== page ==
New Brunswick Power’s Point Lepreau nuclear reactor on the Bay of Fundy emits much higher levels of radioactive tritium than other nuclear reactors in Canada. Ingesting and breathing in tritium increases the risk of cancer in humans and other animals.
Tritium is the radioactive isotope of hydrogen, and international agencies recognise it as an unusually hazardous radioactive substance. One of its properties is to bind with carbohydrates, proteins and lipids in cells to form organically-bound tritium (OBT) which sticks inside the body for years.
These alarming findings will be tabled on May 10 by the Passamaquoddy Recognition Group in Saint John during Canadian Nuclear Safety Commission (CNSC) hearings on the application by NB Power for an unprecedented 25-year extension of its licence to operate its Lepreau reactor. The CNSC is the regulator of all nuclear activities in Canada.
Although industry scientists in Canada claim tritium has low toxicity and does not bioaccumulate, official reports show tritium is twice to three times more radiotoxic compared to external gamma radiation. And many studies indicate OBT levels increase the longer people are exposed to tritiated water.
Considerable evidence exists – from many epidemiology studies around the world, that children who live near nuclear plants emitting large amounts of tritium are more likely to get leukemia than those living further away. References to all these studies are included in the appendix to the CNSC submission by the Passamaquoddy Recognition Group.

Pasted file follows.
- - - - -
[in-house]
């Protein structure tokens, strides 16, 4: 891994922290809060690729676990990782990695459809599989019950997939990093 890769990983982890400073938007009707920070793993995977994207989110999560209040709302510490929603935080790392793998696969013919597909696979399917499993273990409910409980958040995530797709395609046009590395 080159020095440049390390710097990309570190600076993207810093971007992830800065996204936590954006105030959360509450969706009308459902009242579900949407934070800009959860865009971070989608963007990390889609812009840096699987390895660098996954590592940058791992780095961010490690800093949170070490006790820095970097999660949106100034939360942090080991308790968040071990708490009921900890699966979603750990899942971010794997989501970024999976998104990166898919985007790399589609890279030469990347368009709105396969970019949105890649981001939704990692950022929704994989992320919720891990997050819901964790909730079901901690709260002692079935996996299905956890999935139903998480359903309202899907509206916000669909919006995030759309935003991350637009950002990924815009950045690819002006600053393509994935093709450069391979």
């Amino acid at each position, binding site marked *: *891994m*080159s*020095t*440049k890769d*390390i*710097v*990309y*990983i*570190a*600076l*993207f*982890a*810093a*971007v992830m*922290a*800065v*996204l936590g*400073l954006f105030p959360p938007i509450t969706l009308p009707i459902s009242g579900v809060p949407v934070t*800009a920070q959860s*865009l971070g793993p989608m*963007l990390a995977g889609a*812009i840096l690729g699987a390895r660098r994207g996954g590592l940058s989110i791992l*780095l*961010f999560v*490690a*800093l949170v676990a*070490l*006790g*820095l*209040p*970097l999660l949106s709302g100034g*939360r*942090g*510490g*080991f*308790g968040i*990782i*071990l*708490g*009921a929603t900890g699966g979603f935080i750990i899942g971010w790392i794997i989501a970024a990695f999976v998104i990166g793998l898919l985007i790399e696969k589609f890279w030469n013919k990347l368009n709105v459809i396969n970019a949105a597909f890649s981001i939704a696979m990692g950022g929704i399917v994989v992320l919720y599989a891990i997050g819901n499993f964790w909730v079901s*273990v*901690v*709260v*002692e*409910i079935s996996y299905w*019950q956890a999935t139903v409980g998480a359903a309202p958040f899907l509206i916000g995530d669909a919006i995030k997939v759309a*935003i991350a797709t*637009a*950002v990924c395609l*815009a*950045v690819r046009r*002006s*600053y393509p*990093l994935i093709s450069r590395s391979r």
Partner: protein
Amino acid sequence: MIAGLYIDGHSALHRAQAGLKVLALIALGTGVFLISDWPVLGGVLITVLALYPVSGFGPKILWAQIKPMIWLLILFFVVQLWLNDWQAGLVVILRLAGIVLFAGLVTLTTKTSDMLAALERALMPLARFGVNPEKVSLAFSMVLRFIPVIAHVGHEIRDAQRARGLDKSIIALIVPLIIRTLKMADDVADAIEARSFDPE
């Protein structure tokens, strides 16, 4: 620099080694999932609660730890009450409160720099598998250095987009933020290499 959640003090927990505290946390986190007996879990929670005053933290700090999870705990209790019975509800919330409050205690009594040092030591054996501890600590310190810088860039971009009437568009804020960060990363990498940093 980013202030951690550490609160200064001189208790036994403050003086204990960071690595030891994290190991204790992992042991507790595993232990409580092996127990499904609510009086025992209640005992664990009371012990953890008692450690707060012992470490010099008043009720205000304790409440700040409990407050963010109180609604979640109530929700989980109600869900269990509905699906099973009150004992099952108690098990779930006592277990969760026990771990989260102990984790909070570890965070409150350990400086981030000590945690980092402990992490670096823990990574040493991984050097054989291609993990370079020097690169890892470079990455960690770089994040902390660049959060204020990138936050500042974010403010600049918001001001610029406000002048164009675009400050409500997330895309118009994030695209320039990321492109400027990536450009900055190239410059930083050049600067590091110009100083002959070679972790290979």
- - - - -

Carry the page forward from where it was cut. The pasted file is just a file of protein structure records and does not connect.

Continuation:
The problem is that Canadian CANDU heavy water reactors emit much larger amounts of tritium than US or European reactors, so the health effects here are very likely to be greater. However the industry and CNSC avoid any studies that could spell trouble for them.
Mainly because of pressure from Canada’s powerful nuclear lobby, safety levels for tritium here are very lax compared to other countries. For example, acceptable levels for tritium in drinking water in Canada are 70 times those in the EU, and approximately 400 times higher than in some US states.
In my expert report for the Passamaquoddy Recognition Group, I found that annual tritium releases from the Point Lepreau reactor are very large in comparison with all other nuclear reactors in Canada and indeed in the world.
In 2020, its tritium air emissions were 290 terabecquerels, that’s 290,000,000,000,000 becquerels – which is a huge amount of radioactivity. Worryingly, these releases have been increasing in recent years.
It is well understood that the older a reactor the higher the tritium levels in its moderator and cooling circuits. As well, various operations and maintenance activities increase tritium releases. Without a means of removing tritium, its inventory and releases will continue to increase each year.
These worries are exacerbated by NB Power’s proposed 25-year relicensing from 2022 to 2047. The reactor started operations 40 years ago in 1982 (with retubing between 2008 and 2012). The CNSC has recommended the NB Power nuclear facility is re-licensed to operate for another 20 years to 2042, see the CNSC’s response.
However, this would mean that Lepreau would have operated for 60 years which is unacceptably long as it was originally designed with a 30-year lifespan. This is arguably an unsafe proposal and it flies in the face of the Precautionary Principle, which states that “complete evidence of a potential risk is not required before action is taken to mitigate the effects of the potential risk.”